VIER PFOTEN App nun für Iphone/Ipad und Android erhältlich

VIER PFOTEN App Download für


FOUR PAWS returns to “worst zoo in the world” in Gaza


© FOUR PAWS | Bogdan Baraghin

Update, 2016 August 25 - All animals have arrived safe and sound

Laziz was the last of 15 animals to arrive in his new home. Around 5 pm (South African time) he was released into his adaption enclosure. This special enclosure is tinier than his final home to offer him enough time to get to know his new environment and slowly settle. When he's ready, he will be released into his huge enclosure. 


Update, 2016 August 25 - 14 out of 15 animals arrived in their new home

Apart from Laziz all animals have safely arrived in their new home. It was late at night, when we finally crossed the boarder to Jordan. Immediately upon our arrival at New Hope Centre we released the remaining 9 animals in their temporary enclosures. The New Hope Centre is part of the organisation Al Ma'wa for Nature and Wildlife, which was founded by us and the Princess Alia Foundation. As soon as our huge sanctuary "Al Ma'wa" is ready, the animals from Khan Younis Zoo will move into their species-appropriate enclosures there.


Laziz’s flight touched down in Johannesburg at 9:30 am. Our team from LIONSROCK Lodge & Big Cat Sanctuary is prepared excitedly awaiting his arrival. His crate will now be loaded onto our truck and will head to LIONSROCK. In a few hours, he will finally touch the sandy ground of our Big Cat Sanctuary LIONSROCK.


Update, 2016 August 24 - The longest day ever

It was probably one of the longest days in our lives, but it was so worth it. Yesterday we headed to Khan Younis Zoo for the very last time at 5:30 am to take care of the animals. Shortly after 11 pm, we were finally done with loading the 15 animals waiting in the world's worst zoo to be rescue. But the day was not over yet. Throughout the night we guarded the truck with the 15 animals in their crates. On the one hand to protect them, on the other to monitor their vital signs regularley and see if they are well.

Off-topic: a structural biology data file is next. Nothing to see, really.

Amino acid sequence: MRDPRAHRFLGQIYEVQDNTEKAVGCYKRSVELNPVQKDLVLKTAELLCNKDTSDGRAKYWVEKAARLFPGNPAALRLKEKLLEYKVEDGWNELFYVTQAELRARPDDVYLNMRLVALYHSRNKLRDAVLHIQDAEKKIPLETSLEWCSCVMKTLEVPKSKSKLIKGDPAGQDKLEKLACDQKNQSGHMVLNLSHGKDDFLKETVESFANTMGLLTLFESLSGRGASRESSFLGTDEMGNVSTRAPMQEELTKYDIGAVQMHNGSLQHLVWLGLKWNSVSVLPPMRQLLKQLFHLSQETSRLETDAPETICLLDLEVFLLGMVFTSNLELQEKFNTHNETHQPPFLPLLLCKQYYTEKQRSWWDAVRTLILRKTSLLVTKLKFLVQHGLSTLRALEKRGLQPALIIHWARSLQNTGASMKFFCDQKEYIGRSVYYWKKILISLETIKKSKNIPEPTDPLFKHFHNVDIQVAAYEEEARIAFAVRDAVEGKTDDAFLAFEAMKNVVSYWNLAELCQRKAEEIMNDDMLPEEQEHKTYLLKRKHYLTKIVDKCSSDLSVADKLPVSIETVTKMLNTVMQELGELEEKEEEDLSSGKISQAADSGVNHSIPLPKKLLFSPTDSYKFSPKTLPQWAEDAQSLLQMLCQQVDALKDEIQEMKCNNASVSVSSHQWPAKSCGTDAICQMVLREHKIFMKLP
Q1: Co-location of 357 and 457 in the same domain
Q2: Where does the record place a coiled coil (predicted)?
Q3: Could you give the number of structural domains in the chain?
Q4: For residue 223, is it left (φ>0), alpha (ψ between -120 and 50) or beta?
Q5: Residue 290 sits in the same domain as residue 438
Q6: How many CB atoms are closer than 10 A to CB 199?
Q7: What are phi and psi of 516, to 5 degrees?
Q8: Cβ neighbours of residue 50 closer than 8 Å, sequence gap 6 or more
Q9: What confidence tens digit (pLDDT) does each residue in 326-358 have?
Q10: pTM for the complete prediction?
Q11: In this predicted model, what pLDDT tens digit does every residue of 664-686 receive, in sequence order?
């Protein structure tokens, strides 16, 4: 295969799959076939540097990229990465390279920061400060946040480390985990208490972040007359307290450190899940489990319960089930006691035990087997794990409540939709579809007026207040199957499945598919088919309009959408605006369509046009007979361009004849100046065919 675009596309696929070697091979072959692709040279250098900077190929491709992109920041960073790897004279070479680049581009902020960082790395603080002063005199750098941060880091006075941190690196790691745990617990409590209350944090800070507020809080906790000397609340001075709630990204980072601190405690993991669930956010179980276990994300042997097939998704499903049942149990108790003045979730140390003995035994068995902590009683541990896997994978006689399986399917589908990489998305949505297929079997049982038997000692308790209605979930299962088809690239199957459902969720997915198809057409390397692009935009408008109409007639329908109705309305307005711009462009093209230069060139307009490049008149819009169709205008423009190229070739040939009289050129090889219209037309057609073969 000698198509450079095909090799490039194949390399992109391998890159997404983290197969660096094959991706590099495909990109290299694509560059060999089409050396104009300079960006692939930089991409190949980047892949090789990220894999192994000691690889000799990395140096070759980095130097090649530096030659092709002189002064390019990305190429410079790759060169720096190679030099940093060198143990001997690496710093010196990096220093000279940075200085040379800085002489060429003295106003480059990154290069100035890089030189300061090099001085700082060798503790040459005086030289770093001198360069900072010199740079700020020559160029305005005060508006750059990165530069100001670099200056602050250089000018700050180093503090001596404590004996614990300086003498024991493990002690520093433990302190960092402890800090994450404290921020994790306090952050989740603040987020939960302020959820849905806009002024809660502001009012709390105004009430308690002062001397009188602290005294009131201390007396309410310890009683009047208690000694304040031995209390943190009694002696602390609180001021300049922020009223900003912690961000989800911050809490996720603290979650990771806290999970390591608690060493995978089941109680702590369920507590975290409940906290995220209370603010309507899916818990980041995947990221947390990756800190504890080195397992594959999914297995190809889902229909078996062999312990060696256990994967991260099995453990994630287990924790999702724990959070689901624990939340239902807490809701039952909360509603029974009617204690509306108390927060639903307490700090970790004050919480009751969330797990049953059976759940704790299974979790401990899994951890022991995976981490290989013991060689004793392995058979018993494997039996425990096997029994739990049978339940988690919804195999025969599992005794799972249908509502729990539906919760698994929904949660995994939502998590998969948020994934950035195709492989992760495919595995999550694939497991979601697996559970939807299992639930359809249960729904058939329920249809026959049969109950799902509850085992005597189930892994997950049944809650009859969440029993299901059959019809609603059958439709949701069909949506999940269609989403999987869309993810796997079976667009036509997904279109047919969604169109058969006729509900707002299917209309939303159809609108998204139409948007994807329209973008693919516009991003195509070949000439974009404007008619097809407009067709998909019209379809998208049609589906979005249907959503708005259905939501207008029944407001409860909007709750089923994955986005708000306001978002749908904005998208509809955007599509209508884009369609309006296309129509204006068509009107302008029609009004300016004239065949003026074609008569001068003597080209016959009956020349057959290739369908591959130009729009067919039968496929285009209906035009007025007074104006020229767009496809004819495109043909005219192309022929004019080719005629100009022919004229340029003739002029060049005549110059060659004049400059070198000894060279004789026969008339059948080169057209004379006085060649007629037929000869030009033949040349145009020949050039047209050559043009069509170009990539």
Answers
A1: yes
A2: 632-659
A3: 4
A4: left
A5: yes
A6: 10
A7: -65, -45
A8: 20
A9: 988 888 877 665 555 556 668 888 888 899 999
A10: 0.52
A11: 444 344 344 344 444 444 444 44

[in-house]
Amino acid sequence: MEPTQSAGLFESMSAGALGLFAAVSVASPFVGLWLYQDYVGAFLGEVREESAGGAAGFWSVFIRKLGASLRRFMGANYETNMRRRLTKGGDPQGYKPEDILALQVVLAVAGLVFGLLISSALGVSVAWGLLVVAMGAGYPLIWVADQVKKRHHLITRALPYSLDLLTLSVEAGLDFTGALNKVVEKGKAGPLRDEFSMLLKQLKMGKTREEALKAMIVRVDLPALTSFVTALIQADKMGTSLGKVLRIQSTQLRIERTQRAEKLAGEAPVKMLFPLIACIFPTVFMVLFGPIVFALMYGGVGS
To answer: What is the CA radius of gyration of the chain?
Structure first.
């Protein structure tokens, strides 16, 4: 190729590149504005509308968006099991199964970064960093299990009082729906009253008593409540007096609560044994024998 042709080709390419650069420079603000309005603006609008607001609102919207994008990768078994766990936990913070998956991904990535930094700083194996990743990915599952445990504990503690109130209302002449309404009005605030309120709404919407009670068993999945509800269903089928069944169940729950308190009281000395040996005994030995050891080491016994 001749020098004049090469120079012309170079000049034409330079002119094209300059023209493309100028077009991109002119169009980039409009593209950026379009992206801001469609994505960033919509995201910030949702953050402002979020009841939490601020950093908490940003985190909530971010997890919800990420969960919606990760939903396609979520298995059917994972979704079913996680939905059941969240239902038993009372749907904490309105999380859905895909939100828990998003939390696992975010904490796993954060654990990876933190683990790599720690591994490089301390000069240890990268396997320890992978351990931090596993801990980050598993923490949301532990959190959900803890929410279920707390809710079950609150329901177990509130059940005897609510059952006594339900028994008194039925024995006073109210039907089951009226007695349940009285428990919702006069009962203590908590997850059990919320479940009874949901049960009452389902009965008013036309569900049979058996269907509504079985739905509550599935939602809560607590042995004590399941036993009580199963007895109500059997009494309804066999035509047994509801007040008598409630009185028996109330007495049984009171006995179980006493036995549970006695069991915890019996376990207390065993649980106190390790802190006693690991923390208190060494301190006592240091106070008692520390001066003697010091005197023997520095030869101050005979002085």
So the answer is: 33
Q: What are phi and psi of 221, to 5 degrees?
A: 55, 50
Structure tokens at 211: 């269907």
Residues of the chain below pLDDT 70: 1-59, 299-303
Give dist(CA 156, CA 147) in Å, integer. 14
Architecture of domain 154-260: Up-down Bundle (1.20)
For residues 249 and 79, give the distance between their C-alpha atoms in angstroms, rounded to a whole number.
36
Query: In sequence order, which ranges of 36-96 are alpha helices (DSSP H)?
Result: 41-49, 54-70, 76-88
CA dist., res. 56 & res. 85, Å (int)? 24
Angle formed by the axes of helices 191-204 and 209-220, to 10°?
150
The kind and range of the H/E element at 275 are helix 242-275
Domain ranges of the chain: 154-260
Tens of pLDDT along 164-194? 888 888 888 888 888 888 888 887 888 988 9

After a night without any sleep, we were ready to head to the boarder at 5 am. Shortly after 7 am, we accompanied the truck full of animals crossed the boarder to Israel. The animals from Khan Younis Zoo have finally left Gaza forever. Now, a new chapter in their lives is about to start. The majority of them will find a temporary home in a protection centre called New Hope, which is part of an organisation founded by FOUR PAWS and the Princess Alia Foundation – Al Ma’wa for Nature and Wildlife.


Laziz’s journey will not come to an end so early. Today, he will be medically checked by our vets in Israel, loaded in a new transport crate and finally head to South Africa in the late evening. Tomorrow, we expect Gaza’s last tiger to arrive in our Big Cat Sanctuary LIONSROCK.

Update, 2016 August 23 - Loading the animals into their transport box 


With a full day of work ahead of us, our day started early in the morning at Khan Younis Zoo. We have to leave Gaza tomorrow at 6am and therefore had to start loading the animals in their transport crate today.


Laziz made a start and went into his transport crate without hesitation. He even seems to behave more calm in the crate now more than he has in his desolate cage. Laziz has not been anesthetize due to the fact that he will have to get a medical check and move to another crate before departing to South Africa, for this procedure he will be anesthetized. From an animal welfare perspective it cannot be recommended to anesthetize a tiger two times within such a short period of time. For animals an anaesthesia always means stress for the body. We of course want to avoid that.


Nevertheless, we were really sceptical whether our plan for Laziz to walk into his crate will really work. During our last tiger transfer in April 2015, Cromwell, one of the six tigers, walked in his crate by himself. But he was specially trained by an wild animal trainer for months to do so. This time, no training was possible and we could only count on the will of Laziz to cooperate. And he just did it as if he has never done anything else in his life. He walked in the crate and immediately settled down – without showing any signs of stress. We were relieved.


Laziz’s crate will be cooled with ice and a fan all day long. In our experience – based on several tiger transports – tigers usually remain very calm in their transport crates. Seems like Laziz is following this good example.

The other animals already partially in boxes

The first big step is done. Laziz is fine and everything went smoothly. For us, however, the work just began. The monkeys were first. They were anesthetized, medically treated, vaccinated and then placed in their transport boxes, where they could wake up in peace. Currently, our team is just busy with the turtles, the emu, porcupines, to load the Pelican the deer and the eagle buzzards. For regular updates follow our social media channels Facebook and Instagram

This baby deer died shortly before our arrival at Khan Younis Zoo.

Update, 2016 August 22 - FOUR PAWS team arrived in Gaza


Sad news from Khan Younis Zoo in Gaza: Baby deer dies shortly before arrival of FOUR PAWS rescue team